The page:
However, if the wall of switching costs proves to be too high, the change will be rejected.
There can also be situations where switching is not motivated by what’s on the other side of the wall, but rather will be motivated by the negative utility of the product the customer has today. If a customer is so frustrated with their current situation, there’s almost no wall of switching costs high enough to hold them back from jumping over.
The Simple Rule of Switching Costs gives us a formula for how to compete. There are three options:
- Knock Down Walls: reduce switching costs
- Build Up the Product: create more value
- Find Negative Utility: identify negative utility situations
What follows is an examination of each through the lens of an example: competing for wealth management customers.
A Wealth Management Example
Clients of financial advisors have mountainous switching cost walls to climb.
First, there are monetary costs to moving money to a new wealth management firm. These are often called ‘account closure fees’ or ‘transfer out’ fees and they can range from $0 to $250. There may also be hidden costs in the form of back-end sales commissions, or difficult to measure costs like the opportunity cost of funds in motion. There are also potential tax implications, if any taxable events are triggered along the way in moving the funds from A to B.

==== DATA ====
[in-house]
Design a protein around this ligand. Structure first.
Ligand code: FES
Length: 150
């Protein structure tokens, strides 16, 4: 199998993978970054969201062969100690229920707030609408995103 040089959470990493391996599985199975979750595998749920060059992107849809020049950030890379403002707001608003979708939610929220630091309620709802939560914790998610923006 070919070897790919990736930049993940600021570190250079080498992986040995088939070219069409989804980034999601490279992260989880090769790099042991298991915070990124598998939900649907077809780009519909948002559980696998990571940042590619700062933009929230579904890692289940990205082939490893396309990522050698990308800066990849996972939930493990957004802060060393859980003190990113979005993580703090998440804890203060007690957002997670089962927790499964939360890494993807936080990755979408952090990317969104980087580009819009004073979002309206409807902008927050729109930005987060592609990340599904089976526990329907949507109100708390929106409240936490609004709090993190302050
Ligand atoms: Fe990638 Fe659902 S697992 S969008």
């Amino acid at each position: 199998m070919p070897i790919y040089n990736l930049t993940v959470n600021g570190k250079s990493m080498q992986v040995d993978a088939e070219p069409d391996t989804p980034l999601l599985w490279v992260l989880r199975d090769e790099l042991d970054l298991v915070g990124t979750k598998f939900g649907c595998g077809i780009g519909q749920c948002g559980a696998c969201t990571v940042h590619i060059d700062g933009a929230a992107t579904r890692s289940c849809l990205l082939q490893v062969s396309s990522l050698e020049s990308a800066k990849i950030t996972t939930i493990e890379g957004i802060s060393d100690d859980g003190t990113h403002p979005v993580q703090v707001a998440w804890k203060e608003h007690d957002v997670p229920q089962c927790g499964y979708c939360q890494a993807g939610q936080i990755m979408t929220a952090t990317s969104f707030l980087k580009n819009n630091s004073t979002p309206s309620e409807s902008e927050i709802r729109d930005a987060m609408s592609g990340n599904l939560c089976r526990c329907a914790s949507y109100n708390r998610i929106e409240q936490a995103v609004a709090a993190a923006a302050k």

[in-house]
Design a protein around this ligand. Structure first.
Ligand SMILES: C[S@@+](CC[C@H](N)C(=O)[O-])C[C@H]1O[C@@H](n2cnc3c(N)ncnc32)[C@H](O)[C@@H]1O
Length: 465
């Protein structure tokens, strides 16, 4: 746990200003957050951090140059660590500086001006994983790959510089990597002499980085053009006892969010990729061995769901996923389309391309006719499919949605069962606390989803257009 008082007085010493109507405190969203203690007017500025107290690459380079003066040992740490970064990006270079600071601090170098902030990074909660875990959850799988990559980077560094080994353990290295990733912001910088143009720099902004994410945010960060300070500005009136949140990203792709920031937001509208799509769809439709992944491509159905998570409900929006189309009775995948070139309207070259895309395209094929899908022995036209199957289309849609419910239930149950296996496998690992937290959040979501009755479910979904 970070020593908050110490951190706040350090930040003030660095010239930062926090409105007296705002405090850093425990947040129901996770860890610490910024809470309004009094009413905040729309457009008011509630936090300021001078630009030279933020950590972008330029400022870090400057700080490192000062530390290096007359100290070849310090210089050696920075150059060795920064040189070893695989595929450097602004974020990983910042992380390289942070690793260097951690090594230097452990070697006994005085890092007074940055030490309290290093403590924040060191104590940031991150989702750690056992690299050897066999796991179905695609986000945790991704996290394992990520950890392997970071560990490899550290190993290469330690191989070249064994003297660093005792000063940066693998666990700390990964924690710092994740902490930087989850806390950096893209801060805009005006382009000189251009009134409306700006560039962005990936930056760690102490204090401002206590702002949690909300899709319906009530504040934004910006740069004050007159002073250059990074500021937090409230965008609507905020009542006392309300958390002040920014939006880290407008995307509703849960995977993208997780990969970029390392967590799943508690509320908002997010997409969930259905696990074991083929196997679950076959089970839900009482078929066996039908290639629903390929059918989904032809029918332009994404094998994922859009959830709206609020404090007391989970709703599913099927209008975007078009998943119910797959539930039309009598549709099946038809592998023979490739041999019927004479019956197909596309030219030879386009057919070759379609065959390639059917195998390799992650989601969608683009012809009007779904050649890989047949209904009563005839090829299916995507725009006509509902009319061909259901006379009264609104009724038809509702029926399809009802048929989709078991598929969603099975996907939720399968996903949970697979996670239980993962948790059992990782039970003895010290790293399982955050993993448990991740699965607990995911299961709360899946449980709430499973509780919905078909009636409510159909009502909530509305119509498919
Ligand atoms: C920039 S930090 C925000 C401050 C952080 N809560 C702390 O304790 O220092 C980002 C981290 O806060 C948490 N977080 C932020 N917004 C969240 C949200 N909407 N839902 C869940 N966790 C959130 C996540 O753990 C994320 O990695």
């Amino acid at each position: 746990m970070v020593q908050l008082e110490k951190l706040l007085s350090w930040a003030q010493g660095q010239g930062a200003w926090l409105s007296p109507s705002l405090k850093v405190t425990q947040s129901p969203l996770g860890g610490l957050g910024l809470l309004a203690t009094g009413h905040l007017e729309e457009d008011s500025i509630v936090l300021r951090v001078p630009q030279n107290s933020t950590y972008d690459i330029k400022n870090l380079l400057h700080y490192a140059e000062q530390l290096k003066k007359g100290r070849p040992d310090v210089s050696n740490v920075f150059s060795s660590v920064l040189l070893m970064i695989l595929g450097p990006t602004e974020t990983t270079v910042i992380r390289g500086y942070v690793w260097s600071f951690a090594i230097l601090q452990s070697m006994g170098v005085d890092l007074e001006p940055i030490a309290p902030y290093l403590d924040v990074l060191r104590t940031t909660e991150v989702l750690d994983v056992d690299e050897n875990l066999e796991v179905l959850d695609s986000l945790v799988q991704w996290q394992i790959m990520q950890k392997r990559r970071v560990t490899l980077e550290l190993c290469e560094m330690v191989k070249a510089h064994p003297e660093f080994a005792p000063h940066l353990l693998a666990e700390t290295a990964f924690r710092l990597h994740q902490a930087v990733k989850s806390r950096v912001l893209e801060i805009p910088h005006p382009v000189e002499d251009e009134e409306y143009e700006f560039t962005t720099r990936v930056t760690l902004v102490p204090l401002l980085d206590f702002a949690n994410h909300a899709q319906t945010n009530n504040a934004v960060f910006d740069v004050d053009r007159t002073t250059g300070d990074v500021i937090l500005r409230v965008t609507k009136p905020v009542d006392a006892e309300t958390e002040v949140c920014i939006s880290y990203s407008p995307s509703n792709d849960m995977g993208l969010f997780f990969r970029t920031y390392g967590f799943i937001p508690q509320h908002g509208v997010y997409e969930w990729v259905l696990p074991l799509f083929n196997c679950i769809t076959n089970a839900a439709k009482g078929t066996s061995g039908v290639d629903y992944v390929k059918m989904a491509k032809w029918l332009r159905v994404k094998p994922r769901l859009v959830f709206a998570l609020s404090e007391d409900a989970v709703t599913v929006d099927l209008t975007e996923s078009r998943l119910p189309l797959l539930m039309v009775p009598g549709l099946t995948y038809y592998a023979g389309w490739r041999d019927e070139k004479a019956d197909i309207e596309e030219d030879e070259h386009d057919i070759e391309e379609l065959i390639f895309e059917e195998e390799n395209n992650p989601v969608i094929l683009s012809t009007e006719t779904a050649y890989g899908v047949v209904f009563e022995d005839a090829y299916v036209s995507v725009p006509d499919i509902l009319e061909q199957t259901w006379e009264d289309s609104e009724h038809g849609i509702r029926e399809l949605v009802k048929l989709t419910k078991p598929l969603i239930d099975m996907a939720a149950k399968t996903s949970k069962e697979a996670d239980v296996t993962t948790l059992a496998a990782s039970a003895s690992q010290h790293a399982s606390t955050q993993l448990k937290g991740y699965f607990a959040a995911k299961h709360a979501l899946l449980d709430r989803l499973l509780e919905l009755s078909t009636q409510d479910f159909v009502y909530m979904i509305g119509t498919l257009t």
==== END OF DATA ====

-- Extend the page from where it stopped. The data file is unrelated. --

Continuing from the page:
Second, there are significant time/energy costs. Clients must go through the onboarding and KYC process of the new advisor (often done in-person), handle the administrative burden and paperwork to set in motion fund transfers, and set-up and get acquainted with new technology systems.
Third, and perhaps most significant, are the social and emotional costs of ‘breaking up’ with your old financial advisor. Advice relationships are based on trust that is built over years of interaction and familiarity. Throwing this out the window to switch providers can be awkward at best and heart wrenching at worst.
There is also a degree of risk present in that no one can ever be certain of the outcomes produced by their advisor until they have been a client for an extended period of time. Moving money to a new advisor is always a leap of faith.
In total, combining these four elements, the mountain of switching costs in the financial advice business is sky high. Add to that, the fact that the wealth management industry is a mature business with little green space and you have the recipe for a market full of inertia.
Breaking that inertia is what every industry participant wants to do. The simple rule of switching costs and the three options it offers provide potential paths for those participants to take.